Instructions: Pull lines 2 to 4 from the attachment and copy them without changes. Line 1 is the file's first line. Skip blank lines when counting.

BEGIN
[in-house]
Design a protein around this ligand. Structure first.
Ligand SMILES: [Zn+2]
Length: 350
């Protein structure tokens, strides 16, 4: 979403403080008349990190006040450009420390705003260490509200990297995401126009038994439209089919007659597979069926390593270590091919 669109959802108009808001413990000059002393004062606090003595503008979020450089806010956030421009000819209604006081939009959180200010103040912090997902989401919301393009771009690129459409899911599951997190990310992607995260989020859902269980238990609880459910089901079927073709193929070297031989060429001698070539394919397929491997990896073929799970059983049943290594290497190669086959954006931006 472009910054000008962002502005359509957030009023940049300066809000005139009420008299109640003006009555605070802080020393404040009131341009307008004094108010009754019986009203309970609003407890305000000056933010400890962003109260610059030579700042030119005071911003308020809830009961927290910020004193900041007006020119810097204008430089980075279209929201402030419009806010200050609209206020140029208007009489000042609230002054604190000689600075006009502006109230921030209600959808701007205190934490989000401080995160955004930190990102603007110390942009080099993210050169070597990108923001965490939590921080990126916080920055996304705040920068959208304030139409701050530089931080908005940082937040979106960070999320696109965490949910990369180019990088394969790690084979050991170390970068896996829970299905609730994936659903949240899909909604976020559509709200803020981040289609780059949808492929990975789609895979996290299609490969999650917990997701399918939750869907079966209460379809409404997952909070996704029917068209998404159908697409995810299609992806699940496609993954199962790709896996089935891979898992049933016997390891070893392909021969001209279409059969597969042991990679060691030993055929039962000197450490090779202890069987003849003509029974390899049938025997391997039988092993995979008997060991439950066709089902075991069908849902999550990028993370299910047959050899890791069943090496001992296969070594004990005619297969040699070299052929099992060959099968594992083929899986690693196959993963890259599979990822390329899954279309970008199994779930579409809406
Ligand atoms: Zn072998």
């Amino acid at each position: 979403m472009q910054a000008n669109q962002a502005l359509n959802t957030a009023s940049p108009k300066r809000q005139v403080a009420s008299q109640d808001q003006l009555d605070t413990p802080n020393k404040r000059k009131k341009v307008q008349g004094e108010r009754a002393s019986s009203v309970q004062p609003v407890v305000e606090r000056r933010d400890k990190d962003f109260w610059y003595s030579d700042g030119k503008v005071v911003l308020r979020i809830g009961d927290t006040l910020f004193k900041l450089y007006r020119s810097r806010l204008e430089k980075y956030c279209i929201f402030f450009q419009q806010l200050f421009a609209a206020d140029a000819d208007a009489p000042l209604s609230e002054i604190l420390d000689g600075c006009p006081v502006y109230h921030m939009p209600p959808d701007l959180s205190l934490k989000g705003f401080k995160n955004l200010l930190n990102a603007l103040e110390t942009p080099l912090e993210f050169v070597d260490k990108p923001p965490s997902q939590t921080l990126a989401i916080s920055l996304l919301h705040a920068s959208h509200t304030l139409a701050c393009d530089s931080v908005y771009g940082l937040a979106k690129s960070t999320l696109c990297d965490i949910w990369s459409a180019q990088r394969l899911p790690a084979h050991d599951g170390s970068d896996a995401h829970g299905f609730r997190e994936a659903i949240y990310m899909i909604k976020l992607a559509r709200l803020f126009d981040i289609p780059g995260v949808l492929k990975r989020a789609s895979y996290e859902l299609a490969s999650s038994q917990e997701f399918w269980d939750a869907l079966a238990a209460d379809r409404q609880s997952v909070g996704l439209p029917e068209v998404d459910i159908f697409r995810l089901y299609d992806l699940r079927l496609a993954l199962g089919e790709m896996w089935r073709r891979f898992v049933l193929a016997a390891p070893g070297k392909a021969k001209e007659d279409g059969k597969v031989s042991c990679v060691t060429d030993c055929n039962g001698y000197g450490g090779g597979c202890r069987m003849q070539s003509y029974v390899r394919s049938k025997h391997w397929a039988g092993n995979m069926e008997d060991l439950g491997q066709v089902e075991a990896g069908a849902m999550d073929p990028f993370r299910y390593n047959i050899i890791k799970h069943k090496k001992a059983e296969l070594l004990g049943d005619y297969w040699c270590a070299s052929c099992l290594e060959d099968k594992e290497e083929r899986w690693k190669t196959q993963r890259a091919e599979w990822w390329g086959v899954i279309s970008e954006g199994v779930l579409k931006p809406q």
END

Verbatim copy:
Design a protein around this ligand. Structure first.
Ligand SMILES: [Zn+2]
Length: 350